Drones have been in the spotlight in recent years – because they have a wide range of applications, from security to infrastructure maintenance, geophysics, logistics, and others… Aurélien Tricault, the founder of Dronotique, fully understands this and is working on a prototype drone that can analyze its environment autonomously.
After all, what’s a drone? It’s an airborne, land or seaborne (or undersea) device, with no onboard crew, that can be remotely controlled or programmed to move autonomously. And governed by stringent regulations applicable to anyone using them – the general public, or private or public operators.
Dronotique, yesterday and tomorrow
“I had been a software developer for more than 15 years. I was also a microlight fan. When the company I had been working for shut down, I set out looking for a new career,” recalls Aurélien Tricault. Drone design immediately came to mind, “as it matched my skills: mechanics, electronics, IT… and of course flying, which I enjoyed.” He then landed two contracts with the geophysics specialist Géoreva, and with France’s national police force.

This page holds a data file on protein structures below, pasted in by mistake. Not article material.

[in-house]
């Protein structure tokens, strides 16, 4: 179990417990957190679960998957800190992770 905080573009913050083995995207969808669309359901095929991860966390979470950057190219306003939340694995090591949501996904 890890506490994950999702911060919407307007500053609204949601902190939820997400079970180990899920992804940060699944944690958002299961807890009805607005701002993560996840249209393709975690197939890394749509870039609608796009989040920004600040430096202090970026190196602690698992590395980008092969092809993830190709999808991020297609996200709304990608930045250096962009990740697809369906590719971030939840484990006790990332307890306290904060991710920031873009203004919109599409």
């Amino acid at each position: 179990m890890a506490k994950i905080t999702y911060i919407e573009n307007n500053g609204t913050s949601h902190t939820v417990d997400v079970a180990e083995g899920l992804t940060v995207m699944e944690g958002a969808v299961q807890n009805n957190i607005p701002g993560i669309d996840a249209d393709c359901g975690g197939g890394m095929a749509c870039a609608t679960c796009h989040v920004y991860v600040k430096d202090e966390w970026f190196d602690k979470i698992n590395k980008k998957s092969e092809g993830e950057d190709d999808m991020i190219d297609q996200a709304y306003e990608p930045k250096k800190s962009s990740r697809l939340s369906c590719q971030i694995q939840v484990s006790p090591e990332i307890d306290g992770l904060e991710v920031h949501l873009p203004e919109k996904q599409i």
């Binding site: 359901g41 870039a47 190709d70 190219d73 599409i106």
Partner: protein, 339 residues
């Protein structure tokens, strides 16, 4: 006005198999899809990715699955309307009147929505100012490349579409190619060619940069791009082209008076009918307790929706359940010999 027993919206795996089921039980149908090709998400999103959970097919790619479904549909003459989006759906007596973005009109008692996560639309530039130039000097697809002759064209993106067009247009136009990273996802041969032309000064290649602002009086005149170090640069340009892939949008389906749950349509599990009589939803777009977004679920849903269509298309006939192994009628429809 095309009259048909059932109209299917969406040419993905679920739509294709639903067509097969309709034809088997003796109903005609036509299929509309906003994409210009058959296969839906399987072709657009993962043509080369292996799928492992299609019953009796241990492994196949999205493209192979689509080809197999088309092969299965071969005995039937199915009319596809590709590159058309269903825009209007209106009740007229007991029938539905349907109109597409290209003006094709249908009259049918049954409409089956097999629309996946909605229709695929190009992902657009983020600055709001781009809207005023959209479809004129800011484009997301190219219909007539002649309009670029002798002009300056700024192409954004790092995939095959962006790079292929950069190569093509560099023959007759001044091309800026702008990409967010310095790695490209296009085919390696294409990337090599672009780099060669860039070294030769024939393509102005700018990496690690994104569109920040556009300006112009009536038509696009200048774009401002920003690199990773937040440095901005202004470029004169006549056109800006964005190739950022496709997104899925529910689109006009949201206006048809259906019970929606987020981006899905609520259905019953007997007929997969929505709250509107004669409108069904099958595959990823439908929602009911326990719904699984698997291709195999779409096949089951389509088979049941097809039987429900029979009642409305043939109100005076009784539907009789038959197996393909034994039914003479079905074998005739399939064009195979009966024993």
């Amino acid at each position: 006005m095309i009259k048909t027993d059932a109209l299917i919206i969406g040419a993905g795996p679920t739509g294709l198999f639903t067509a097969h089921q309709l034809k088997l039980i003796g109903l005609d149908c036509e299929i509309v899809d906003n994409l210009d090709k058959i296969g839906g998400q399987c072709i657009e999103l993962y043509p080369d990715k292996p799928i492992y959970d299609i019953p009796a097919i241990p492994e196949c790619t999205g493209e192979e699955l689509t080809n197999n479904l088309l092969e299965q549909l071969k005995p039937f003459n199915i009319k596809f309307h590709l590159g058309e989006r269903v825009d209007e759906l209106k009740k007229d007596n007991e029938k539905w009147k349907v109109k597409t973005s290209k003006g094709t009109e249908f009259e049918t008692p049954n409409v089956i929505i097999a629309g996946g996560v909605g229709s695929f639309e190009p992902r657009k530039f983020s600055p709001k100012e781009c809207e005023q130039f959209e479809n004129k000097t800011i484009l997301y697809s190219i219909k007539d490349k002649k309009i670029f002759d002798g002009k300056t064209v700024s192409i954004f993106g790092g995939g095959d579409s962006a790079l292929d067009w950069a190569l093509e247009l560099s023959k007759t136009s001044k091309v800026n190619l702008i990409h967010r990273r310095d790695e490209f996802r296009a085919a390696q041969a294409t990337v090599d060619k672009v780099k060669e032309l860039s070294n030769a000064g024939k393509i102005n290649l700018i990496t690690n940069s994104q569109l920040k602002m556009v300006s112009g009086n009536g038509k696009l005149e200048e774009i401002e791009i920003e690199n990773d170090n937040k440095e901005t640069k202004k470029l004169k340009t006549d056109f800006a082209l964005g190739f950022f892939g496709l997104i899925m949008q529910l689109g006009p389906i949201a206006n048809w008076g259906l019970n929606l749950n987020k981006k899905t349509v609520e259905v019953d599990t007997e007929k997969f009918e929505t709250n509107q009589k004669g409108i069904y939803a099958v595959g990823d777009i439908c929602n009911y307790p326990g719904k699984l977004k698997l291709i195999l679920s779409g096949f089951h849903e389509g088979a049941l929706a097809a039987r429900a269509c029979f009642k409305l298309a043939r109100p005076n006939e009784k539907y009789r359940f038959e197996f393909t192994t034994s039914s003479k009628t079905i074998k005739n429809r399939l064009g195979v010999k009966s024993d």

At the same time, he was investigating the limits of the equipment and functionalities of the drones available on the market. Only a few big international brands offered packages that incorporated sensors or cameras. And in many cases the drones weren’t autonomous: they could move from A to B, over a short distance, but were incapable of identifying a landing zone or new obstacles along their route.
“Our market is aimed exclusively at professionals. Our smallest drones are 50cm in diameter, and our biggest are up to 1 metre excluding rotors.” And the potential is enormous: monitoring railway track conditions, inspecting wind turbines, mapping and mine-clearing old battlefields… Dronotique drones will be able to detect cracks in wind turbine blades and report them. Or overfly any specified big area and focus on mapping sections where it detects ground magnetic anomalies. For logistics, these drones will be able to conduct inventories in hangars, move around, read barcodes, and send the collected data in real time. A vast range of functionalities to be developed, thanks in large part to artificial intelligence.
StartMeUp, “to see more clearly”
“I was looking for backing. The Chamber of Commerce told me about Poool and I submitted my application to participate in StartMeUp,” says Aurélien Tricault, who joined the second 2019 promo last May.
“I’m good with technology, but I clearly needed help with marketing and business strategy. As it happens, I discovered Business Model Canva, which enabled me to submit my ideas and make my project more coherent.”
He adds: “I also came to understand the importance of market studies. I had never done anything like that. It enabled me to identify my competitors and potential partners.” And then? “I’m looking at Emergys, which is the logical next step after Le Poool.” To be continued…